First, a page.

Here’s the good news about Medicare open enrollment: the new healthcare laws don’t affect how you shop for coverage, and you don’t have to go to a new health exchange site to compare plans.
“They are two separate things. If you are on Medicare, there is no reason to go on the Health Exchange, because there is nothing for you there,” said Anne Chansler of the Florida Department of Elder Affairs. The Health Exchange is for people who are under 65 and uninsured, she said.
Medicare open enrollment, which began Oct. 15 and ends Dec. 7, allows Medicare beneficiaries to review and compare coverage, and change to a new plan if they wish.
“If you were in a plan that fit you well last year, but this year you have new prescriptions, new medical needs, new doctors — that plan may not be the best fit for you anymore,” said Chansler, who is state director of SHINE, Serving Health Insurance Needs of Elders, a federally-funded, volunteer-based program to help Medicare beneficiaries understand and compare coverage. “That’s why we encourage people to look at the options available every year, because they may have something in the system that’s better or more affordable.”
During open enrollment, Medicare beneficiaries can move from Original Medicare (known as Parts A and B) to a Medicare Advantage Plan (Part C) or vice versa. They also can elect to change their prescription drug coverage (Part D). Changes will take effect Jan. 1.
Even if you want to stick with the same plan, it’s important to examine your coverage every year.
“You should go through the exercise and recheck costs and what your plan covers,” said Kathy Sarmiento, a Miami-Dade SHINE liaison who works out of the Alliance on Aging office in Miami. “Drug costs can change, and what a plan covers can change.”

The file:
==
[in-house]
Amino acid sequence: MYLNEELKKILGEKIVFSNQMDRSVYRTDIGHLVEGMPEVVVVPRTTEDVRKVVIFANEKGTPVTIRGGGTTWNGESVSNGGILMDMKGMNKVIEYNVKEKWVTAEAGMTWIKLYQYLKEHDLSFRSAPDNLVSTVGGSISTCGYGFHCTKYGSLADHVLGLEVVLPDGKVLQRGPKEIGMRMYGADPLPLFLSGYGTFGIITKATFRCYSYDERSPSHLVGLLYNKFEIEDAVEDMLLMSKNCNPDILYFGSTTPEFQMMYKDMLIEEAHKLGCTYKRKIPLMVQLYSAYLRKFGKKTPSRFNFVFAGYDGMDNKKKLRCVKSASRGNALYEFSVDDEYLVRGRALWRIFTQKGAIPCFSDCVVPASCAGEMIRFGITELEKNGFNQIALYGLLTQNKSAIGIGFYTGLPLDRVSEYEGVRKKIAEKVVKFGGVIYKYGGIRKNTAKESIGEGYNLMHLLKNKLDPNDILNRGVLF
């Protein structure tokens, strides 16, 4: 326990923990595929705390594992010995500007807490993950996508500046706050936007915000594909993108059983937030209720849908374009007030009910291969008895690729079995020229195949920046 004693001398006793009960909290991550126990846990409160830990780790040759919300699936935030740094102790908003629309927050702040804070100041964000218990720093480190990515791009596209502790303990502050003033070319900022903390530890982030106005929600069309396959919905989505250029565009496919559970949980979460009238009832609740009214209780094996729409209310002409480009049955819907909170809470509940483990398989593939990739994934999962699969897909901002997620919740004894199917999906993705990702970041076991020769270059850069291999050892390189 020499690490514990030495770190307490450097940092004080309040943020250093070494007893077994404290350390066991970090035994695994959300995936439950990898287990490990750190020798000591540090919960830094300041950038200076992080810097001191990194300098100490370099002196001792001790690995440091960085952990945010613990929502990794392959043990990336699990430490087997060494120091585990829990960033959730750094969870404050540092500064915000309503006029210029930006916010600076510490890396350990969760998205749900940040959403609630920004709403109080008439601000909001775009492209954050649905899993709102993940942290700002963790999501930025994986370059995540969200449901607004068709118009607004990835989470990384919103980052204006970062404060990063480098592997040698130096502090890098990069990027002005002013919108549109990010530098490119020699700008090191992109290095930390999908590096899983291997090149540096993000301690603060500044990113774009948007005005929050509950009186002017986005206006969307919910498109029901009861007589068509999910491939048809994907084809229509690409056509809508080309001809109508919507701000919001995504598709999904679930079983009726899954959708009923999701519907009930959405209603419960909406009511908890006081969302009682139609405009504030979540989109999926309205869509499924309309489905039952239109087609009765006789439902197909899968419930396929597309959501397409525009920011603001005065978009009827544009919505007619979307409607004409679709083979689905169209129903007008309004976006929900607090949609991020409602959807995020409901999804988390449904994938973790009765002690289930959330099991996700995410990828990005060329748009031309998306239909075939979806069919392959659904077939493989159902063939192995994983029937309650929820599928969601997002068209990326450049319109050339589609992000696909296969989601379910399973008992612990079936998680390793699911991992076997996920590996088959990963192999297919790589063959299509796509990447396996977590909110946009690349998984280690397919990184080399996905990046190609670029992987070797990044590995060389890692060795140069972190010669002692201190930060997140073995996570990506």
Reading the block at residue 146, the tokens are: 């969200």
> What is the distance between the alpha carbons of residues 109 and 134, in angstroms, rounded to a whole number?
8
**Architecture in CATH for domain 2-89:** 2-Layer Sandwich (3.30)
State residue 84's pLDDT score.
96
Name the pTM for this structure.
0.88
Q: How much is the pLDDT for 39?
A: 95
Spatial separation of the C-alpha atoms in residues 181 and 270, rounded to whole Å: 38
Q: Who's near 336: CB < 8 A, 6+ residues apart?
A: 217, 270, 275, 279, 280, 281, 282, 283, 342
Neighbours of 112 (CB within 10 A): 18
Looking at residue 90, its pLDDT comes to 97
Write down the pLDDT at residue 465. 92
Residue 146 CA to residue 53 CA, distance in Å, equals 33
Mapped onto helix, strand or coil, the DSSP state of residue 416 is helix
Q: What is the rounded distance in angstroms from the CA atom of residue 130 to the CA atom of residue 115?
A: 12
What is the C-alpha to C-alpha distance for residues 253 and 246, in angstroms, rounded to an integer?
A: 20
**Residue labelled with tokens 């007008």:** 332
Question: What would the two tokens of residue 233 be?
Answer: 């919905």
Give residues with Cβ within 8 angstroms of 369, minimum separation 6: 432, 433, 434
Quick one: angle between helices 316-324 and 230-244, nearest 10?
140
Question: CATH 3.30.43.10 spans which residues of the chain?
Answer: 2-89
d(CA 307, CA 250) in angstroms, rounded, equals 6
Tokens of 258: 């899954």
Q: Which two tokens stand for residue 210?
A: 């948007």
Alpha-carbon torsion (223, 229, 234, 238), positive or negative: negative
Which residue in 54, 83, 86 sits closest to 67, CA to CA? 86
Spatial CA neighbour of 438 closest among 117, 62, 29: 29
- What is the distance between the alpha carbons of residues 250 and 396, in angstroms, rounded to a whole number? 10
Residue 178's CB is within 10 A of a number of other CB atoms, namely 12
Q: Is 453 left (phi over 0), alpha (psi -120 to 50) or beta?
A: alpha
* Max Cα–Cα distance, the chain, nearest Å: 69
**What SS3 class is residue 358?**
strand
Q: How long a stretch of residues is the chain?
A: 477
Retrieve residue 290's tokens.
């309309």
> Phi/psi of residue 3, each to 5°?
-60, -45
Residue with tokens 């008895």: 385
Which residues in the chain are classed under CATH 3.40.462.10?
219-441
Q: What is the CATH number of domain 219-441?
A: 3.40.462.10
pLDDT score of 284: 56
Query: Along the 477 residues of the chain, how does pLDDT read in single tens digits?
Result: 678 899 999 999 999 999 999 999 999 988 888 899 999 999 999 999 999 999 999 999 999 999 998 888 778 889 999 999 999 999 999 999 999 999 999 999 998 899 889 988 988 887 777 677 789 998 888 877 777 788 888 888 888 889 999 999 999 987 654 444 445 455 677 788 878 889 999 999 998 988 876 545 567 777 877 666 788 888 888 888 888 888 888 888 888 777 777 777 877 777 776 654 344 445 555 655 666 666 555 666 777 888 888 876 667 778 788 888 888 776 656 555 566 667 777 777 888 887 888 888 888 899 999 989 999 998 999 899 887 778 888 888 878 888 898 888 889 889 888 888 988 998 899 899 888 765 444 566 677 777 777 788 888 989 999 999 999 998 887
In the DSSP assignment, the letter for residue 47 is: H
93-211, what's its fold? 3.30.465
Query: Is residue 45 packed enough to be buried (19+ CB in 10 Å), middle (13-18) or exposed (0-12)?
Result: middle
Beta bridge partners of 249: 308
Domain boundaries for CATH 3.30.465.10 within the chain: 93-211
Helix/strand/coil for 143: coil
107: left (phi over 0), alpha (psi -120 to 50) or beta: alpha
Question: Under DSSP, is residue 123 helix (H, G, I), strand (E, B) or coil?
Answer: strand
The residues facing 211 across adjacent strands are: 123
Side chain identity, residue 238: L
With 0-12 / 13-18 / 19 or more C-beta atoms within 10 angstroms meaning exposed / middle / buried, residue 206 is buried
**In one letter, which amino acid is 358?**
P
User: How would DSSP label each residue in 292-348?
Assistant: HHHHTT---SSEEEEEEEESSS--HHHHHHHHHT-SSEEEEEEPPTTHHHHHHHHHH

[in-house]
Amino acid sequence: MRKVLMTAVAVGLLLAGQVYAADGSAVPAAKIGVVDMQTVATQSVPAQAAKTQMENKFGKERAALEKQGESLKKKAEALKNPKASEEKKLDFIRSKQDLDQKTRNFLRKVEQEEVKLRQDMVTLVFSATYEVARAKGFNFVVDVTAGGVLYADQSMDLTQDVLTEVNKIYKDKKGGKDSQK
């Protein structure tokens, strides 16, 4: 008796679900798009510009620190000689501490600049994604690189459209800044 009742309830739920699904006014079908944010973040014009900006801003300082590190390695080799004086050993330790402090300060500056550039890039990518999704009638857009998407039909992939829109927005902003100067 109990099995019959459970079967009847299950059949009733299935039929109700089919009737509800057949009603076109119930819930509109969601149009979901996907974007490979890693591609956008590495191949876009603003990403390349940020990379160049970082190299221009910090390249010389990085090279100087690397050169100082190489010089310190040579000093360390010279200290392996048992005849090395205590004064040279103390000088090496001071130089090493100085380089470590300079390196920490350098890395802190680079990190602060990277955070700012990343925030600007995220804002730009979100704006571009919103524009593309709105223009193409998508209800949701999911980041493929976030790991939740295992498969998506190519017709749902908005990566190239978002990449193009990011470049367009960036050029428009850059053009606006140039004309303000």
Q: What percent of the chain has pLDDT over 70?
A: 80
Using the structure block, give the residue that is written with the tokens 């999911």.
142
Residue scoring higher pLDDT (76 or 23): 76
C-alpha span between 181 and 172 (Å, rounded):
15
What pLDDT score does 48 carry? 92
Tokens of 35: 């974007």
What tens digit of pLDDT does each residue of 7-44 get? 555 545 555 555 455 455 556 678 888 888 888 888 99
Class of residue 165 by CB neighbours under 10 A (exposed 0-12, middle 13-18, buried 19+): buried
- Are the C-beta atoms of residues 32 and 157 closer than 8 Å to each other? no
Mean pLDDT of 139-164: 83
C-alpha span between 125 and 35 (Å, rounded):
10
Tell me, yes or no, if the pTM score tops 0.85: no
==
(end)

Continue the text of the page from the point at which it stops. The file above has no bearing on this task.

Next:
A copy of “Medicare and You 2014,” which explains deadlines and benefits, has been mailed to every Medicare beneficiary. A digital copy at Medicare.gov can be read online or downloaded to an eReader like a Kindle or Nook. You can also call 800-MEDICARE for help.
Since the Affordable Care Act was passed in 2010, Medicare Advantage premiums have fallen by 9.8 percent, according to the Centers for Medicare & Medicaid Services. In 2014, the average Medicare Advantage monthly premium is projected to be $32.60. The Medicare prescription drug premium plan is projected to be $31 per month, holding steady since 2010. The deductible for standard Part D plans will decrease by $15 to $310.
Drug coverage in the Part D “donut hole,” the temporary gap in prescription coverage that begins after you and your drug plan have spent a certain amount for covered drugs, will increase until 2020, when the donut hole will be closed. Those who reach the donut hole will enjoy a little more savings in 2014 on generic prescription drug costs. Coverage has increased from 21 to 28 percent for generic drugs. Coverage will remain at 52.5 percent for name brand drugs.
Free help to examine Medicare options is available from SHINE volunteers, who help clients compare policies and understand health insurance coverage.
“They can also screen you to see if your income and assets qualify you for programs that will help pay your co-payments, premiums and drug costs,” Sarmiento said.